For Brown, uncertainty drives the process. Take his poem spoken in the voice of Janis Joplin, “Track 5: Summertime” from Please. The lines “So nobody notices I’m such an ugly girl/I’m such an ugly girl” didn’t initially come to him direct from the mouth of Joplin. Rather, they were lines he could eagerly get behind, but had to figure out who might say them. As chance would have it, he had Joplin on his mind. Brown’s collage-like process of sorting through lines can be obsessive, and in describing it, he inadvertently answered the one question that many writers fuss over: “Do I need to write every day?” Brown does, he acknowledged, though he distinguished between writing something every day from writing a poem every day. In a span of 3-5 years, he said, you’re bound to write about only a limited amount of obsessions. Books can arise from bringing together these obsessions, attending to and even fostering them.  “Be complete in what you want to do and go all the way,” Brown said.

Frank Harder is a graduate student with George Mason University's Creative Writing MFA program, where he studies and writes poetry. He grew up in northern New York and currently lives in Fairfax, VA.

Bridge Street Hosts Release of Collected Poems of P. Inman

By Sean Pears

Photo Credit: Lieven Verbrugge,    www.synapsedynamics.com

Photo Credit: Lieven Verbrugge, www.synapsedynamics.com

On December 7th Bridge Street Books hosted a reading for the release of Written (if p then q press 2014), the collected poems 1976-2013 of P. Inman. That the poet chooses to interrupt his own name with a period is mimetic of his poetics, which has been invested for decades in disrupting, erupting, and rupturing the normal flow of language. Consider these lines from his book ocker (1982): “cudb / ea,mlaw // (spill)theor) // blome // cullen,trenm,occlu (which each occur).” If you dismiss this type of poetry as concept-driven gibberish, you dismiss a major figure of what may be the only literary movement in recent history to put Washington, D.C. on the map: the avant-garde writers of the 1970s and 80s often uncomfortably elbowed into the category of Language Poetry. Inman is a poet about whom admirers and practitioners of Language Poetry get really excited; as Doug Lang put it in his introduction, “comparing Pete with the Language poets is like putting an astronaut in with cab drivers.”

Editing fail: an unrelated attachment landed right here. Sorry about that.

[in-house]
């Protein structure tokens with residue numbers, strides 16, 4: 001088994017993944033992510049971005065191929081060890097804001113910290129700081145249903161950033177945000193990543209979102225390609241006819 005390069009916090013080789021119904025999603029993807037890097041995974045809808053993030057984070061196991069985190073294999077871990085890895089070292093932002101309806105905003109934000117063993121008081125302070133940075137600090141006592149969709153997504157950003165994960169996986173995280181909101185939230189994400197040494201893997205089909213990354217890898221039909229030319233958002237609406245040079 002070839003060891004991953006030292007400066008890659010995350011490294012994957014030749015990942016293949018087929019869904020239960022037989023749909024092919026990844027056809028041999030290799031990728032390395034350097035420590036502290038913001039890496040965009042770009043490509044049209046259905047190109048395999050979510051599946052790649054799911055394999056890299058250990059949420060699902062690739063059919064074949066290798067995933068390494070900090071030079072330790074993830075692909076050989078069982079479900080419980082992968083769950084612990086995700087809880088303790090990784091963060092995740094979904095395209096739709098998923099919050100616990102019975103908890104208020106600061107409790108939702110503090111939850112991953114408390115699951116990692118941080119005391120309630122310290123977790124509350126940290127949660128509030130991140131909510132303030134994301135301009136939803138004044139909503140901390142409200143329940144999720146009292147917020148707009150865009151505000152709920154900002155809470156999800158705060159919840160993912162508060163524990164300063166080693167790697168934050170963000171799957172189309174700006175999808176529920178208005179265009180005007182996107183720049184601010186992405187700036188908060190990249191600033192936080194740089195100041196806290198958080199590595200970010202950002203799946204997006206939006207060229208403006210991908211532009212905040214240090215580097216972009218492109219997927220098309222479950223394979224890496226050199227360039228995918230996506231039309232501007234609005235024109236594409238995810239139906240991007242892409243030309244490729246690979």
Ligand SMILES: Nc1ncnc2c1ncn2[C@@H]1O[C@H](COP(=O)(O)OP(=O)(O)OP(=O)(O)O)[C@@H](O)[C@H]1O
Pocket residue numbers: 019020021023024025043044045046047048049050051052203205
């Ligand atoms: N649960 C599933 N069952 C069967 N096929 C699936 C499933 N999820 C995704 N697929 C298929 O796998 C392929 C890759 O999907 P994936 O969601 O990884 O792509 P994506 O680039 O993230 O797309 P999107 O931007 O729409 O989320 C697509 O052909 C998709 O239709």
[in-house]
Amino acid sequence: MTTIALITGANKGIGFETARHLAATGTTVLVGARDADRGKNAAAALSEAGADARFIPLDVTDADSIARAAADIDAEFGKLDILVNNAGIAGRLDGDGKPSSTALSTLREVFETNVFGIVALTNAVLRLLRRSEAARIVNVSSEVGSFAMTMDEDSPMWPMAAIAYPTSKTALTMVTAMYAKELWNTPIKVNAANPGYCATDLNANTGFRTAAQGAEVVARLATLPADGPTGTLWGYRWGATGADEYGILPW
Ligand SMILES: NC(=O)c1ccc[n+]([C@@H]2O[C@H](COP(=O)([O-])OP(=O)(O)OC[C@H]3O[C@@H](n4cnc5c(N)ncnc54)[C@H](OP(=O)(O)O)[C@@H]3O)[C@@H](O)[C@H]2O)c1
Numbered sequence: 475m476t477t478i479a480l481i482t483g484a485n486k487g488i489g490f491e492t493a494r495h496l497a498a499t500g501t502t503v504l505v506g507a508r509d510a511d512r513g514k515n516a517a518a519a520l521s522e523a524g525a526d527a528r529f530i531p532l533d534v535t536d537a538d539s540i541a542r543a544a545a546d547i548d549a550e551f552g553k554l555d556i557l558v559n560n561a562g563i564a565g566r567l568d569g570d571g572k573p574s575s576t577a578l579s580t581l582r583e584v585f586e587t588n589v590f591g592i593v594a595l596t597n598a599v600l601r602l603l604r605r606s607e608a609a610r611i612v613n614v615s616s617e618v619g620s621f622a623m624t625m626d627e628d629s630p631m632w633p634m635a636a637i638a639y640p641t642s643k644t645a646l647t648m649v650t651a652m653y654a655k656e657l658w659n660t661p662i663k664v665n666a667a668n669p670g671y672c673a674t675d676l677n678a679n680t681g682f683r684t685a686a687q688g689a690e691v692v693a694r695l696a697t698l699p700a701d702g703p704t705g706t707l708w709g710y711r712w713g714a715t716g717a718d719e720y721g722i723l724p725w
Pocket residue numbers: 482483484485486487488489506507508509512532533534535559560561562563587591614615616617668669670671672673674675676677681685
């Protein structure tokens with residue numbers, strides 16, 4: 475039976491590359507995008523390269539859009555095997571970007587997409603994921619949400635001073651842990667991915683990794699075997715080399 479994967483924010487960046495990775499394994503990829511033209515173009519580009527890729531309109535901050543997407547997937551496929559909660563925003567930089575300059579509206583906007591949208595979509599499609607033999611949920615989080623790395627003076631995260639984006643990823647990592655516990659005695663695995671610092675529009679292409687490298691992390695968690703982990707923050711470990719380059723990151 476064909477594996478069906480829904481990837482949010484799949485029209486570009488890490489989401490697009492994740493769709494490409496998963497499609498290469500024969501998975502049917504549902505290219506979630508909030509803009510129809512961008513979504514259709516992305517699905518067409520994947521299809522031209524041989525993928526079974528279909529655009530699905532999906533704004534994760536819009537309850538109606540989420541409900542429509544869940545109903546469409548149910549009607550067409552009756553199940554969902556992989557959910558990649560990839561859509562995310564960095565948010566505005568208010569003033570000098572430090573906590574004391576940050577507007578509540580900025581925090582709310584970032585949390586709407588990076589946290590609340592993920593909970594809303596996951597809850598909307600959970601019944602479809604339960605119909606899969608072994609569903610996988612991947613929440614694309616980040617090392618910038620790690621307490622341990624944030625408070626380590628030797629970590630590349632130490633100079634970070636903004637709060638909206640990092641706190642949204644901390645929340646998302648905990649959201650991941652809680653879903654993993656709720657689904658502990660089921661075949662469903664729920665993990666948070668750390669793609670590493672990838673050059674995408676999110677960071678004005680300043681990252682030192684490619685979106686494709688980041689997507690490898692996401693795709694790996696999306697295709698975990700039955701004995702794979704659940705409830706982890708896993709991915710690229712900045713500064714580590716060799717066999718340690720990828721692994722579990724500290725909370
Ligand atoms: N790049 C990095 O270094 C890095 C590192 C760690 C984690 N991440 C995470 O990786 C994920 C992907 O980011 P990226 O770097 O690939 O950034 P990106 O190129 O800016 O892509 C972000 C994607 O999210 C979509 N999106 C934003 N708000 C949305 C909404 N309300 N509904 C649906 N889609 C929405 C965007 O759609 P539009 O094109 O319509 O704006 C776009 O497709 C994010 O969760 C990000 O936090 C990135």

Written , P. Inman (if p then q press 2014)

Written, P. Inman (if p then q press 2014)

Written is a 728-page tome representing 38 years of work. It seems right that neither of these numbers is round. In a range of fonts and sizes, lines move right-left, down-up, and diagonally across the pages of Written. Discussing Inman’s Platin (Eclipse 1979), Craig Dworkin in the book’s introduction calls these poems “among the most linguistically drastic writing to have emerged from a period of notoriously radical lexical experimentation.” Having had a scattered exposure to Language poetry in general (and none to Inman’s work specifically), hearing Inman read these poems was…interesting. I sat upstairs at Bridge Street and, as he read, Inman moved in and out of my visual field. Sometimes I saw his face, then just the top of his head, then nothing at all. This strikes me as a workable metaphor for my experience of the poems. Images, gestures, registers would surface; then suddenly I would catch myself distracted by the titles on the Recent Arrivals shelf opposite where I sat.

The most pleasurable moments for me—not that “pleasure” is the point of this poetry and anyone genuinely interested in what the point is should buy the book and read Dworkin’s fine introduction—were those that seemed to aspire to the condition of music. The title of “OC,” which opened the reading and Written, refers to free jazz innovator Ornette Coleman. “An ice think,” the poem opens, “prosed/ trying to figure out the touch of things/ the pour gets meshed/ only or little to music/ makes of pepper.” This poem excites me. The humor, the play, the indeterminacy, the slippage in and out of meaning, in and out of self-reference. Written is a gift, an idiosyncratic window into some of Language poetry’s most radical possibilities.

After the reading I drove up to The Dougout, a venue in the basement of a small rented single-family home in Northeast D.C., for another release: Foulbrood, the new album from D.C. band Two Inch Astronaut. The band represents the legacy of a D.C. avant-garde movement contemporary to Inman: the postpunk scene of the 80s and 90s (look up videos of early Fugazi shows and you’ll get the idea). The show was everything that the reading was not—brazen, youthful, unapologetic, loud, emotional—though of course it missed some things that Inman offered too. As I stood sweating in the small wood-paneled basement packed with millennials re-living a movement we were all too young to have actually lived through the first time, it occurred me to that it is very clear where the D.C. avant-garde art movement has been. Where is it going?

Sean Pears has lived in Boston and Chicago and currently resides in Washington, DC. As a third year poetry candidate with George Mason University's Creative Writing M.F.A. program, Pears is currently at work on a mixed genre exploration of his parents' decision to leave apartheid South Africa and his own experience coming of age in a "post-racial" America. Follow him on Twitter @Sean_Pears